The story of a young footballer from Africa who achieves his dream of winning a place at one of the top UK clubs, this short novel is both a satisfying story of hard work, dedication and talent, plus all-important family support, leading to success, but inspires too by the inclusion of pages of information about the real-life heroes of African football, from Roger Milla to Samuel Eto’o and Demba Ba. Written to be super-readable, it is action and fact-filled both, a skilful piece of storytelling that will catch the imagination of all young football fans and give them lots to talk about. ~ Andrea Reece Particularly suitable for struggling, reluctant and dyslexic readers aged 8+ Barrington Stoke is the foremost publisher of super-readable short fiction by some of the very best children’s authors and illustrators in the UK. Each title has a host of unique accessibility features to offer cracking reads to more children including reluctant and struggling readers and those with dyslexia or visual stress. Here at Lovereading4kids we are constantly selecting the best of their new and backlist titles to recommend to you. Click here to view our current selection which is broken down by age range.
The world’s fastest and best-selling dog Streaker is back going for gold in the town’s Animal Games. Surely he’s a shoe-in? But there’s one problem. Although Streaker is fast, he is also, according to Mum, less obedient than a carrot. Streaker needs some serious training and Trevor has to work hard to get him to stick to the course. In doing so, Trevor and his friend Tina uncover a plot to put their hero in the real Games off his course… It’s a hurtlingly good read for those training to enjoy the Olympics. The Lovereading Comment: A great story which is so fall of belly laughs be sure to be sitting securely so you can't fall over! Jeremy Strong's brilliant books have been responsible for getting more young kids reading thn almost any other. Visit Jeremy Strong's website for more about this hilarious author, including the Krazy Klub fanclub - click here.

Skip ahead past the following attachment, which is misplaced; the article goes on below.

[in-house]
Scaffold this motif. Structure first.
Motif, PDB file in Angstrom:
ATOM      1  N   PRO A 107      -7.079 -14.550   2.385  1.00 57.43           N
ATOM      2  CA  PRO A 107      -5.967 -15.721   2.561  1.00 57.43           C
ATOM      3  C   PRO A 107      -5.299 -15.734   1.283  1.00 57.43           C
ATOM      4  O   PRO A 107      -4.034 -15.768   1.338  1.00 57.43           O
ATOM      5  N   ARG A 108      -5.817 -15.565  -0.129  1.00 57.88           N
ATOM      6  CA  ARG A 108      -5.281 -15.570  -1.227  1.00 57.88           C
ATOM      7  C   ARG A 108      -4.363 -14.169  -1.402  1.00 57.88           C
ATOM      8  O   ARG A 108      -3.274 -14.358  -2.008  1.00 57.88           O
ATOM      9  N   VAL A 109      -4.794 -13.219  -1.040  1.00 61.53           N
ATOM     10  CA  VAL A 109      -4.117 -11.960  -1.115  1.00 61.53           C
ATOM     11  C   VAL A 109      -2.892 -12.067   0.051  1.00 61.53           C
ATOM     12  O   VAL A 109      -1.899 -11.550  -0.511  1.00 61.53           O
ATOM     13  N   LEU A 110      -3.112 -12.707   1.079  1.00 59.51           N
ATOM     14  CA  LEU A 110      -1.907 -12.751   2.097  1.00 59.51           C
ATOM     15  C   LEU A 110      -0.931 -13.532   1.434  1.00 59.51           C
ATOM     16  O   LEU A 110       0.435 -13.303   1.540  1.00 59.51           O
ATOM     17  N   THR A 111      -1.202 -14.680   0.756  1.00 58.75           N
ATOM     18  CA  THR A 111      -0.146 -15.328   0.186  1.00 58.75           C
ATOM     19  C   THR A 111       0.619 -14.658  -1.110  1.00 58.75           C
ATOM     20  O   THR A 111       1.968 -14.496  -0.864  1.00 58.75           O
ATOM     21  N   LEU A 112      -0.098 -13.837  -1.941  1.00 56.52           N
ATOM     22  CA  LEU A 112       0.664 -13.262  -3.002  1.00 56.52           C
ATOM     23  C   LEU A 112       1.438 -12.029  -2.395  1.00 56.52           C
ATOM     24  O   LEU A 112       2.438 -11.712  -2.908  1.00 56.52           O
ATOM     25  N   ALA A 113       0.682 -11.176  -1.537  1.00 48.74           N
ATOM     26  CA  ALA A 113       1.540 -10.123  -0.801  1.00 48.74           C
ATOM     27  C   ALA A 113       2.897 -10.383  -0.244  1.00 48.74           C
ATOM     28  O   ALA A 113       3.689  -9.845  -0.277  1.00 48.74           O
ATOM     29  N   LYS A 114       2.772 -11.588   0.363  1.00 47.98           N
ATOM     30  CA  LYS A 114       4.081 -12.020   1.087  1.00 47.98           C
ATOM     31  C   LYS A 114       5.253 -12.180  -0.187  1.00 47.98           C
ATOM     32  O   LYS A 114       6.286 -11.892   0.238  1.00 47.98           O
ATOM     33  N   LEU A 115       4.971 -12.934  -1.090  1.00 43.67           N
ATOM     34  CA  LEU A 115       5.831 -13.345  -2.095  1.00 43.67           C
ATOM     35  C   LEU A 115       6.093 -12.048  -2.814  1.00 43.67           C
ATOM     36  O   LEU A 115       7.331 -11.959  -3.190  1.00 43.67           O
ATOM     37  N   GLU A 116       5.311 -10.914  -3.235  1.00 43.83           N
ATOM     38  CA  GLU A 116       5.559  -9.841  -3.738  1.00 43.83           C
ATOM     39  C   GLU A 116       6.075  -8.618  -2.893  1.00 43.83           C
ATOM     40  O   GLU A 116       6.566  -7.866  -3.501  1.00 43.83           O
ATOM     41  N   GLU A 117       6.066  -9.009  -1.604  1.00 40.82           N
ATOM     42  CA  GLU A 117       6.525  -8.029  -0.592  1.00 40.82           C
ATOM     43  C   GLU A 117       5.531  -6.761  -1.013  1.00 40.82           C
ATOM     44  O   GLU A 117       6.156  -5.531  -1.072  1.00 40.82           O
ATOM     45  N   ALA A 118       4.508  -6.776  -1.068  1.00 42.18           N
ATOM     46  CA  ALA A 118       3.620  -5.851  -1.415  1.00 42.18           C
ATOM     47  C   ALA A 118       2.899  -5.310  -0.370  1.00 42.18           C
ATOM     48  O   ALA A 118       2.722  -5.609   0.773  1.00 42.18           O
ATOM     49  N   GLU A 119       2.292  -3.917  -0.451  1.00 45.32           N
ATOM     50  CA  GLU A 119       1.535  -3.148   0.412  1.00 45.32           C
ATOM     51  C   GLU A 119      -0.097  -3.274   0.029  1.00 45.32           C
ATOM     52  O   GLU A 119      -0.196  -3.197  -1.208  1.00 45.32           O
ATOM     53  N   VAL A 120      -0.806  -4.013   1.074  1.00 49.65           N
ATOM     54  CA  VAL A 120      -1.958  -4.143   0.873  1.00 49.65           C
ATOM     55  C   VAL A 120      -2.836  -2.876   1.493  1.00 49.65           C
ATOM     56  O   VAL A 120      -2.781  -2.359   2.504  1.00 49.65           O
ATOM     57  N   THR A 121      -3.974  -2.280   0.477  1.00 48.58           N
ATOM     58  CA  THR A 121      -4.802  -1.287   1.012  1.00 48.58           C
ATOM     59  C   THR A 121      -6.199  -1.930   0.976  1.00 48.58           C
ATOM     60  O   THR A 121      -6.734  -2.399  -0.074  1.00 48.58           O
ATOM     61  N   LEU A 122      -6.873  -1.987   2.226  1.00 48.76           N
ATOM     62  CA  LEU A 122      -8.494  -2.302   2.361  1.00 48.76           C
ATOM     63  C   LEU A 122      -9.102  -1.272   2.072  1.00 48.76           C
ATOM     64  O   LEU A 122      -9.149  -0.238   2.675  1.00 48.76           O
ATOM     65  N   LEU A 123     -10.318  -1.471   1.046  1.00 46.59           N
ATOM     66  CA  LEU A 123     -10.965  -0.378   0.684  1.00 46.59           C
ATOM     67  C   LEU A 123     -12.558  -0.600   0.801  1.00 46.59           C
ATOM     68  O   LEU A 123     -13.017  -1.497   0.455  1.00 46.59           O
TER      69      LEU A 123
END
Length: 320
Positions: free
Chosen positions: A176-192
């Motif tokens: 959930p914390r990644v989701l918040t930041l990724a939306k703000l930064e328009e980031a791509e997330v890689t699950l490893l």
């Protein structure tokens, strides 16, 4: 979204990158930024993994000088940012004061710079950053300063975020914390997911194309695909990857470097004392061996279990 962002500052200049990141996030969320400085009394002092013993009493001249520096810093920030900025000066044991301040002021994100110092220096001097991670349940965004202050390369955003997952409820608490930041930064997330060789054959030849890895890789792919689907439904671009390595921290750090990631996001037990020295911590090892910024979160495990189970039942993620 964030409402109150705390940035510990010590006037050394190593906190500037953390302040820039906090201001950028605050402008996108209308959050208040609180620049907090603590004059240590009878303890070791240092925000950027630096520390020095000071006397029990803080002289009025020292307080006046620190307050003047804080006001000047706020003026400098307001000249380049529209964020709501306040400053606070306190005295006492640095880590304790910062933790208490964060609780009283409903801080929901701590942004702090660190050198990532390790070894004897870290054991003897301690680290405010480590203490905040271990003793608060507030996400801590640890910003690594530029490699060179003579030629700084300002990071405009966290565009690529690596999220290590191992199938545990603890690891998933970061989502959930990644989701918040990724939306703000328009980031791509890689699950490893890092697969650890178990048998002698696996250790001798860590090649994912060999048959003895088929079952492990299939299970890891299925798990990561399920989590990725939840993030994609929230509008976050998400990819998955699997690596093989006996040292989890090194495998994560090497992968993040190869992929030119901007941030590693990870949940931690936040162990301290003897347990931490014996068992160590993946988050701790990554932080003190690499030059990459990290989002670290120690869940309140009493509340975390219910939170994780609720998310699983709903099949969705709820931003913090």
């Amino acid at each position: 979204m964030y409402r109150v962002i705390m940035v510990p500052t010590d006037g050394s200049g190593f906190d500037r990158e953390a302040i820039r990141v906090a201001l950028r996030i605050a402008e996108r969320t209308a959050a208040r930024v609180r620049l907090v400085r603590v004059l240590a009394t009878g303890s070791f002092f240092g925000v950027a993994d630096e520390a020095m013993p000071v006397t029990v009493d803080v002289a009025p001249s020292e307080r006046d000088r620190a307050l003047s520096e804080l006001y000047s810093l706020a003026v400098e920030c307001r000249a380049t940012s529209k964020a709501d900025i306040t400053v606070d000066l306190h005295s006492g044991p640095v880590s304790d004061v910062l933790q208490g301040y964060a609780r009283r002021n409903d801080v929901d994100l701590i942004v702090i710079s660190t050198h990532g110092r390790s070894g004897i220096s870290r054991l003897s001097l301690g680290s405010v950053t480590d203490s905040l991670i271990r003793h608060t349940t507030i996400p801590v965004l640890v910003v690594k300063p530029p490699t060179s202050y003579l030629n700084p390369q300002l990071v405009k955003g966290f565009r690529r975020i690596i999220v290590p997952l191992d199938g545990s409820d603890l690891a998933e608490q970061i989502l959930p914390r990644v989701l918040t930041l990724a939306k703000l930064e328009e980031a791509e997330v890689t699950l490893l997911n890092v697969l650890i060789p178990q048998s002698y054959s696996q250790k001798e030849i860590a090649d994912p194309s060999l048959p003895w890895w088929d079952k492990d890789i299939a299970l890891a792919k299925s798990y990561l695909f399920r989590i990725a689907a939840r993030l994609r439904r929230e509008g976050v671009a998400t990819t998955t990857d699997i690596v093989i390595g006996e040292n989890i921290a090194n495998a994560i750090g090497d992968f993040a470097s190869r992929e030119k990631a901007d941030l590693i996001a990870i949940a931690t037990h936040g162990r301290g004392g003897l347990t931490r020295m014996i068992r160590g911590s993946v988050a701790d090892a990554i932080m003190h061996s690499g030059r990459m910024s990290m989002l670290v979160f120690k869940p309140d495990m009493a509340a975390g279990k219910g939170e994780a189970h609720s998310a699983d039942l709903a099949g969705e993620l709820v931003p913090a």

Jud is football mad but never seems to get a chance on the pitch. But when Seaburn football team meet their rivals, Jud finally has the chance to step in as goalie. It's a make-or-break moment - can Jud rise to the challenge? A terrific football story from a master storyteller, set in the post-war period. Particularly suitable for struggling, reluctant or dyslexic readers aged 8+
Interest Age Teen Reading Age 7+ Muhammed Ali’s life story provides daily inspiration for a young boy, also called Ali, who takes on the bigger lad who bullies him. The setting for their confrontation is the boxing ring. Barrington Stoke novels are written and produced specifically with reluctant and dyslexic readers in mind and this will be a real page turner for all. Gibbons uses short sentences to tell the story, each one of which directly moves the story on, with no extraneous details. The blow by blow account of young Ali’s fight is gripping, while timelines of Muhammed Ali’s fights intersperse chapters, breaking up the text but also throwing more light on what is happening in the ring. A really effective piece of writing for young readers, particularly boys. ~ Andrea Reece Particularly suitable for struggling, reluctant and dyslexic readers aged 12+ Barrington Stoke is the foremost publisher of dyslexia friendly books and those for reluctant readers. Here on Lovereading4kids we are constantly selecting new titles and refreshing our special dyslexia friendly category. Click here to view our current selection which is broken down by age range.
The second in Chris Hoy’s cycling-with-a-touch-of-magic series sees Fergus and his friends Daisy, Callum and Minnie form their own cycling team, Hercules’ Hopefuls. They may not have brand new bikes, or fancy jerseys like their arch rivals Wallace’s Winners, but they’ve got lots of heart, and sometimes that what counts. It’s a classic children’s sports story, with a fun cast of characters, made even more lively by Fergus’s visits to a magical world, Nevermore. Not only does Fergus learn a lot about teamwork on his magical adventures, there’s also a clue as to the whereabouts of his dad, not seen since Fergus was a baby. A successful mix of pedal-action, friendship and fantasy adventure, this is a very satisfying story for newly confident readers. Clare Elsom’s lively illustrations add to the fun. There are more books in the series to come, and readers might also like Frank Lampard’s football-with-magic series Frankie’s Magic Football. ~ Andrea Reece Emma Matthewson, Editor, Hot Key Books, said: “Sir Chris has already provided a lasting legacy of inspiration to young people with his tremendous list of achievements. What drew me to Flyign Fergus was a genuine warmth and heart to the books and Sir Chris’s clear dedication to the next generation. We can’t wait to see young cyclists across the country enjoy reading about their new hero!”